Food for Thought by Marcia Dixon MBE

We need to prevent another Ravi Zacharias

Like many, I have been totally shocked at the recently published report following an investigation into allegations of sexual and financial misconduct by revered Christian apologist, Ravi Zacharias, who died last year. The findings were damning.

Not only was he sexually abusing women in various countries, he also had stashes of porn; had given money to some of the women from the charity he founded, Ravi Zacharias International Ministries (RZIM), and spiritually manipulated women.  

In one case shared during the investigation, a masseuse stated that after she told Ravi about her financially challenges, he arranged for RZIM to send her regular payments, and demanded sex in return.

This woman, a believer, was shocked his request.  He made her pray with him to “thank God for the opportunity”, and told her not to let anyone know of their arrangement, as she would be responsible for millions of souls losing their salvation if his reputation were damaged.  Another woman described her sexual encounters with him as rape.

For anyone who understands the high moral standards to which Christian leaders are called to live up to, it would not be out of place to describe Ravi Zacharias as ‘a wolf in sheep’s clothing’. He masqueraded as a Christian, and eloquently defended the gospel message across the world – all while living a life at odds with the faith he proclaimed.

Hints about Ravi’s non-Christian behaviour first came to light in 2017, when Canadian, Lori Anne Thompson, publicly shared that he manipulated her into sending him sexually explicit photos and texts.  In response to the allegations, Ravi sued Mrs Thompson, claiming that she was trying to blackmail him. They settled out of court, and Mrs Thompson was made to sign a non-disclosure agreement, which barred her from talking openly about the case. This recent report vindicates Mrs Thompson’s allegations.

There are always lessons for the Church to learn when a minister falls and makes grave, criminal mistakes.  It’s important to remember that the only Person who is perfect is Christ, and that all believers are trying to follow His great example.  We are all prone to sin, so we should see ministers making mistakes – even criminal ones – in this light.

It’s imperative for churches and Christian organisations to have safeguarding practices in place, where people feel free to report abusive behaviour of staff, leaders and members without any comeback. Christian organisations also need to be mindful of the vulnerable people who will be in their midst, especially the financially challenged, the disabled, survivors of abuse, victims of crime and the weak-willed, who can be susceptible to being abused and manipulated.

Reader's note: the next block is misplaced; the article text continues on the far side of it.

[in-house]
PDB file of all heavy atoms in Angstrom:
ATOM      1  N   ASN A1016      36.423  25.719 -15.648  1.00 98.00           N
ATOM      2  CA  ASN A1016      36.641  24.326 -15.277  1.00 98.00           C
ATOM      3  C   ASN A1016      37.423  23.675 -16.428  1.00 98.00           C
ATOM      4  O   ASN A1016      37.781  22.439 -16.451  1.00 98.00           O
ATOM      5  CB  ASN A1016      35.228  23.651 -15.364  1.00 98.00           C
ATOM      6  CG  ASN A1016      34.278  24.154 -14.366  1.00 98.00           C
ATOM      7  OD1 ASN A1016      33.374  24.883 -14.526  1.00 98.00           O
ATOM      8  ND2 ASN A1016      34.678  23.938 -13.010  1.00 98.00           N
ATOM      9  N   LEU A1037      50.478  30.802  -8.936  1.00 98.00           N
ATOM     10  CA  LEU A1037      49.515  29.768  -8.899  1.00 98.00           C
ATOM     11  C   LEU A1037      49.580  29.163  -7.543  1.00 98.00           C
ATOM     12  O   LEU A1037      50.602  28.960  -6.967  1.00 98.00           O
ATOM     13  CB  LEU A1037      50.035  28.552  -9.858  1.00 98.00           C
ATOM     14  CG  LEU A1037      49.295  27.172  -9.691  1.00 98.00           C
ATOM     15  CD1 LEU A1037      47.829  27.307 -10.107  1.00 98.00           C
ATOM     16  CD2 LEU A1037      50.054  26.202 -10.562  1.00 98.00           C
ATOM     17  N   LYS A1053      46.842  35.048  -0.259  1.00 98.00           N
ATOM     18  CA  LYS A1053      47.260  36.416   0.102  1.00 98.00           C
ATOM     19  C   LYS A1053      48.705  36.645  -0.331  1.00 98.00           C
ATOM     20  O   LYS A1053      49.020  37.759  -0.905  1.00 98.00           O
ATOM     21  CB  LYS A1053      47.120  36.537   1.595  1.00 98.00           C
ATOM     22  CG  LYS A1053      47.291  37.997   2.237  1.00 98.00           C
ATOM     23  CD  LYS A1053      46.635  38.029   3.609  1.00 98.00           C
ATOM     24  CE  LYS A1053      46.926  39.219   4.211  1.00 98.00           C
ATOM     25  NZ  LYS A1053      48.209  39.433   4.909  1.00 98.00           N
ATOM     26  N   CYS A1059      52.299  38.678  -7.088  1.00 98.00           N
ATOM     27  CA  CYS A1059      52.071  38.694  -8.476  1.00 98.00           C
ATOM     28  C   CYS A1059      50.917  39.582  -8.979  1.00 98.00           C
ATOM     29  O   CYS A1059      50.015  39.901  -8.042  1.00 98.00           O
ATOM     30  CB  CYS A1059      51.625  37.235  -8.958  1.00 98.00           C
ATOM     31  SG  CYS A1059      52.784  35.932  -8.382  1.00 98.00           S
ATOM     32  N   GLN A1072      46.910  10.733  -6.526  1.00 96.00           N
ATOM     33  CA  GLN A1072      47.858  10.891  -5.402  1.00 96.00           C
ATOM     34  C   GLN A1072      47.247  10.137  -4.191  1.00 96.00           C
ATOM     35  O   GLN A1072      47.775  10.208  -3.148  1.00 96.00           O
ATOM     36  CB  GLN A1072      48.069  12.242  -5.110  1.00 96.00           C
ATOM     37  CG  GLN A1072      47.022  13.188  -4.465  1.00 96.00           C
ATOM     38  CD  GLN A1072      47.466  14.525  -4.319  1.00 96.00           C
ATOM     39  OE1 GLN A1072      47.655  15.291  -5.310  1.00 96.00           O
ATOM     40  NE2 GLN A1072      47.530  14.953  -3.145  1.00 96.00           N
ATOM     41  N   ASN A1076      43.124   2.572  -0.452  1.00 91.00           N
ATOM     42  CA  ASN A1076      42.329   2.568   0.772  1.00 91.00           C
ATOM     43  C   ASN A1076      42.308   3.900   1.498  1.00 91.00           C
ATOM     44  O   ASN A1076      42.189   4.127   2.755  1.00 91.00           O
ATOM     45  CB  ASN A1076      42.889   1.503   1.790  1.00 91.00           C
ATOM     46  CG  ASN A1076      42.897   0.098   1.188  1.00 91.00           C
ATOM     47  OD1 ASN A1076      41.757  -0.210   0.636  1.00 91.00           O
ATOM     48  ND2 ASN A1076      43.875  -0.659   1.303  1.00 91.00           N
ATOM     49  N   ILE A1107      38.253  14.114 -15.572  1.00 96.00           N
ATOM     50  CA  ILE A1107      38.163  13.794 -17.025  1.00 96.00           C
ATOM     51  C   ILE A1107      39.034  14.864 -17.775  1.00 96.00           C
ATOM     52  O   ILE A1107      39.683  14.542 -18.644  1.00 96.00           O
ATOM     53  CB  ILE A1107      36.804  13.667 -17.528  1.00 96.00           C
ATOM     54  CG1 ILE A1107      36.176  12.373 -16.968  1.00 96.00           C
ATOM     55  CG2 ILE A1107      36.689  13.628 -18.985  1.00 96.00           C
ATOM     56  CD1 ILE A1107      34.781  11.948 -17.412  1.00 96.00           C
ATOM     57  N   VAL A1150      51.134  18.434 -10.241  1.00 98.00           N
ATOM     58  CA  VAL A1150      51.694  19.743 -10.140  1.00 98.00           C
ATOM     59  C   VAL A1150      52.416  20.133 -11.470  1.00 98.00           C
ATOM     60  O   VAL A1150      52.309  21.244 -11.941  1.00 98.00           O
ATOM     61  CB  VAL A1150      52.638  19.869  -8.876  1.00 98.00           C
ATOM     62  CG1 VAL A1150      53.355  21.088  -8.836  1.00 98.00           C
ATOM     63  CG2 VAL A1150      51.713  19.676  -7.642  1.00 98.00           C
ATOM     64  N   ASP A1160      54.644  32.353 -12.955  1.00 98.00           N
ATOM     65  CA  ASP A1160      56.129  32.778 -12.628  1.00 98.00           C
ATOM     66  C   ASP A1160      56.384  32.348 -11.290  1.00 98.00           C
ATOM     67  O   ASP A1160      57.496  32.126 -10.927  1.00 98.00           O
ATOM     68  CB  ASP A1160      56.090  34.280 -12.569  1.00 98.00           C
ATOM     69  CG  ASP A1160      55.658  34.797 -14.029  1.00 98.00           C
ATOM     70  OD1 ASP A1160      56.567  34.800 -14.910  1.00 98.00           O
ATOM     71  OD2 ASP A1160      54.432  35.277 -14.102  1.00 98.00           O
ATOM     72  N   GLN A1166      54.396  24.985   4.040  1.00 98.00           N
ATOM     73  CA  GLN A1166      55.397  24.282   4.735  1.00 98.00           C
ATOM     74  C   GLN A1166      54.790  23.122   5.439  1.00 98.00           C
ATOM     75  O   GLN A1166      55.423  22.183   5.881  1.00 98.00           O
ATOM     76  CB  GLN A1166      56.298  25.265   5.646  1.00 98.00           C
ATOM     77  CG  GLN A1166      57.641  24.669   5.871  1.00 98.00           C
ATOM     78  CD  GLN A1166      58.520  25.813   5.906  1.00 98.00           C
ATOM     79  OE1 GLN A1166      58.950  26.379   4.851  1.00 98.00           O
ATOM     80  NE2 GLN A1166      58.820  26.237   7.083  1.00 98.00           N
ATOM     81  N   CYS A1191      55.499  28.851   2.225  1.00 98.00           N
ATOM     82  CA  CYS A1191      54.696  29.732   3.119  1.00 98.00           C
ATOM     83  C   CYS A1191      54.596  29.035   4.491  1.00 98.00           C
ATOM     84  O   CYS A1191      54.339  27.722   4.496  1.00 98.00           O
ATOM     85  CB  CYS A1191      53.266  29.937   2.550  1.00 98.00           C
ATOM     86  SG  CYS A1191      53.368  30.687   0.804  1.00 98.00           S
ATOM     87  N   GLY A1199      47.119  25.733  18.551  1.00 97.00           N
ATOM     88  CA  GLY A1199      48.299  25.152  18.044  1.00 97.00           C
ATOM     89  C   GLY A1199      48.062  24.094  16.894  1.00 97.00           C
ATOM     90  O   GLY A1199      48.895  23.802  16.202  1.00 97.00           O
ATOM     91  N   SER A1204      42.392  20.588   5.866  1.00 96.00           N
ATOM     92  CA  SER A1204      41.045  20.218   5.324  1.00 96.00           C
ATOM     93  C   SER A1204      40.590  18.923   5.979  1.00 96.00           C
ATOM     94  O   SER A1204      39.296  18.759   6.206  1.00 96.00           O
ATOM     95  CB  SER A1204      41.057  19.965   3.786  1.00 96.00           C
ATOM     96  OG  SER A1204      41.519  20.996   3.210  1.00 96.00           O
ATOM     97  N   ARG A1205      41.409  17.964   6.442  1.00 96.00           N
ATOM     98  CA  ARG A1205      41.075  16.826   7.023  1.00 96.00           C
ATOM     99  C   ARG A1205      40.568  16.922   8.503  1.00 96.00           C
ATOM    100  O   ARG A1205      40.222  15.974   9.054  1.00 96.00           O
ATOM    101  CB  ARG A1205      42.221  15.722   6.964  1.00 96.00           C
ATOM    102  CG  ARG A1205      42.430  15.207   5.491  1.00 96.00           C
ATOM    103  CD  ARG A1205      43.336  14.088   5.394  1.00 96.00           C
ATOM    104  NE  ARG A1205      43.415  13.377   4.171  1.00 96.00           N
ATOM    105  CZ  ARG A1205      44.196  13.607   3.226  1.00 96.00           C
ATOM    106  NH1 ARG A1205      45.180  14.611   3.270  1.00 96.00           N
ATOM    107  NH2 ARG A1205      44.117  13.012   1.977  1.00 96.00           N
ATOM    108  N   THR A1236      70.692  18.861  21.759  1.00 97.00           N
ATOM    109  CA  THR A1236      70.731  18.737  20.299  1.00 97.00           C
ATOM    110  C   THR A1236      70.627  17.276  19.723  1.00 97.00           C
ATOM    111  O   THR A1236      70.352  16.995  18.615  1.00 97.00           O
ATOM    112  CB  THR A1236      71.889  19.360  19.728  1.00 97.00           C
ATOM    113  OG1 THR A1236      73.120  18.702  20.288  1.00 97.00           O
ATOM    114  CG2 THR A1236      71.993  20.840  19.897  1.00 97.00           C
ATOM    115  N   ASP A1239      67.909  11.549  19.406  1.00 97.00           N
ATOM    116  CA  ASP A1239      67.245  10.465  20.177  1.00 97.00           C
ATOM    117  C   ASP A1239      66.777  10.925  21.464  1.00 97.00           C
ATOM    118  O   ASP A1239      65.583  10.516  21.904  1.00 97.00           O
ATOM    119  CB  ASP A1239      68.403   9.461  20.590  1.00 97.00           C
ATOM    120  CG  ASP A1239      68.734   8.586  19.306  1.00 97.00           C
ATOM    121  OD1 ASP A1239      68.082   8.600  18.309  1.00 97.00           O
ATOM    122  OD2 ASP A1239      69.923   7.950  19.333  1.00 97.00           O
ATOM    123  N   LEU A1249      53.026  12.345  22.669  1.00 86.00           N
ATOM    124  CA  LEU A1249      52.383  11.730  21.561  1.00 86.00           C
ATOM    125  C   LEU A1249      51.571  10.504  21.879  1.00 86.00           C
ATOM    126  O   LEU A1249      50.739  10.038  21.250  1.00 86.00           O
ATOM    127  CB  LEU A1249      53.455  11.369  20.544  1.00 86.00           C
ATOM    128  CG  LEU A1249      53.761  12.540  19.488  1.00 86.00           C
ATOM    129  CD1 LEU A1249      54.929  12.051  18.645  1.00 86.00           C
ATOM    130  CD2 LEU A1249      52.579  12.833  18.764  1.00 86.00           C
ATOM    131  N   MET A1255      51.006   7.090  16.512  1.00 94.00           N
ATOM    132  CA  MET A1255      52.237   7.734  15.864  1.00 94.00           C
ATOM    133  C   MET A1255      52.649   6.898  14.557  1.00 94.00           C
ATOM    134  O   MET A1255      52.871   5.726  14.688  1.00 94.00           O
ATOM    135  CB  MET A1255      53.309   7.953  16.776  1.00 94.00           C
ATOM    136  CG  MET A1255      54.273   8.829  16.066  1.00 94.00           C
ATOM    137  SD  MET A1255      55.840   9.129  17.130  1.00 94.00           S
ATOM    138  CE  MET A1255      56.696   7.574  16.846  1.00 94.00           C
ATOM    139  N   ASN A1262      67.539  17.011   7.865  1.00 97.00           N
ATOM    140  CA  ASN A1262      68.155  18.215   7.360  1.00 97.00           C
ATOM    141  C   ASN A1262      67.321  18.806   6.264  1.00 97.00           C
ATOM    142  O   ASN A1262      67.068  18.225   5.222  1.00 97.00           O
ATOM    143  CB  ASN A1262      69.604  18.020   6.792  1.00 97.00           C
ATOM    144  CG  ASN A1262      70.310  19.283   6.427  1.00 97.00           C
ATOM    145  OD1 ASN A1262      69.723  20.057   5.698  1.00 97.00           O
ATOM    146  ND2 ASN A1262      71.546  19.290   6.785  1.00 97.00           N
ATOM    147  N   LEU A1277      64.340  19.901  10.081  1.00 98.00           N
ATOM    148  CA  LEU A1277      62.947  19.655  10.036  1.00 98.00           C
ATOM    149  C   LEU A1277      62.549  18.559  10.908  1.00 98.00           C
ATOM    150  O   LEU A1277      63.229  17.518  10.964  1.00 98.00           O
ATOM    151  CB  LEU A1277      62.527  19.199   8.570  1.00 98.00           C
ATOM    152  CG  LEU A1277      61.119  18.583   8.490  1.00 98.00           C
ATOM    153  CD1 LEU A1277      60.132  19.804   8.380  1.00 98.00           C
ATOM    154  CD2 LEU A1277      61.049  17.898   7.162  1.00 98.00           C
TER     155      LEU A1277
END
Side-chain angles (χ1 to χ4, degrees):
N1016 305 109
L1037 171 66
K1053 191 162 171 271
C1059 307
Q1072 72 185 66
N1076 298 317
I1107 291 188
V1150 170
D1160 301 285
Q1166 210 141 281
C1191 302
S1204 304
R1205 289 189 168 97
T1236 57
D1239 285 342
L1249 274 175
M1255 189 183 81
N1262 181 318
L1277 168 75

This investigation into Ravi’s behaviour highlights how the interplay of money, sex and power can wreak havoc in the life of a Christian leader and, in turn, heap mental anguish upon victims. This case is a lesson to us all.  It demonstrates the power Christian leaders wield, and why accountability structures within Christian organisations are so important to protect the weak.

Let’s focus on building heavenly treasure

I’ve noted that, as Black Christians have become more educated, prosperous and influential, there has been a shift in sermon content. Where once there was a major focus on heaven and eternal life, there’s now a focus on enjoying life on earth. Nothing wrong with that whatsoever, but it can and has caused some to focus on getting rich on earth, as opposed to building heavenly riches, as Christ stipulated in Matthew 6:19.

We build up heavenly treasure through serving God; carrying out good works; helping the vulnerable and disadvantaged, and sharing the Good News of the Kingdom.

When God sent an angel to Cornelius, a Gentile whose life was characterised by worship, prayer and good works, he told Cornelius to send men to Joppa to bring back the Apostle Peter to his home. Peter had already received a vision from God that he should share the Gospel with Gentiles. The angel told Cornelius he had come to God’s attention, because he had accumulated treasure through his actions.

Life is definitely to be enjoyed, and the blessings that go with it – including money – but we must never lose sight of the fact that our key focus must be on building up our heavenly treasure.

Black Church Domestic Abuse Forum launched

Over the years, I have found numerous great Christian projects to work on, including the Wise Women Awards, Street Pastors and latterly, the recently launched Black Church Domestic Abuse Forum (BCDAF).

Alongside Christian leaders, professionals and academics, the BCDAF aims to provide training for the Black Christian community, so that churches can provide practical support to the victims of domestic abuse and violence within their midst.

The BCDAF is a much-needed development, and I for one am proud to be part of such a great initiative. Their first training event takes place on March 6. For more details, visit

One thought on “Food for Thought by Marcia Dixon MBE

  • 27th March 2021 at 9:54 am

    I think Ravi really believed in Christ and he was sincere when he asked his arrangements not being told to avoid scandal. The problem might be he tried to pose as a perfect Christian to bring people to Christ, and he ended up living a double life, and therefore justifying his own grave sins “as long as nobody knows”. Maybe he even repented before dying. But he was trapped. Best solutions for me are keeping leaders accountable and promoting a church culture in which we don’t behave good “to attract people”, but we “behave good out of love for God” and that may attract people. Holiness is an end, not a mean, and if it must be a mean, then the mean is following Christ.


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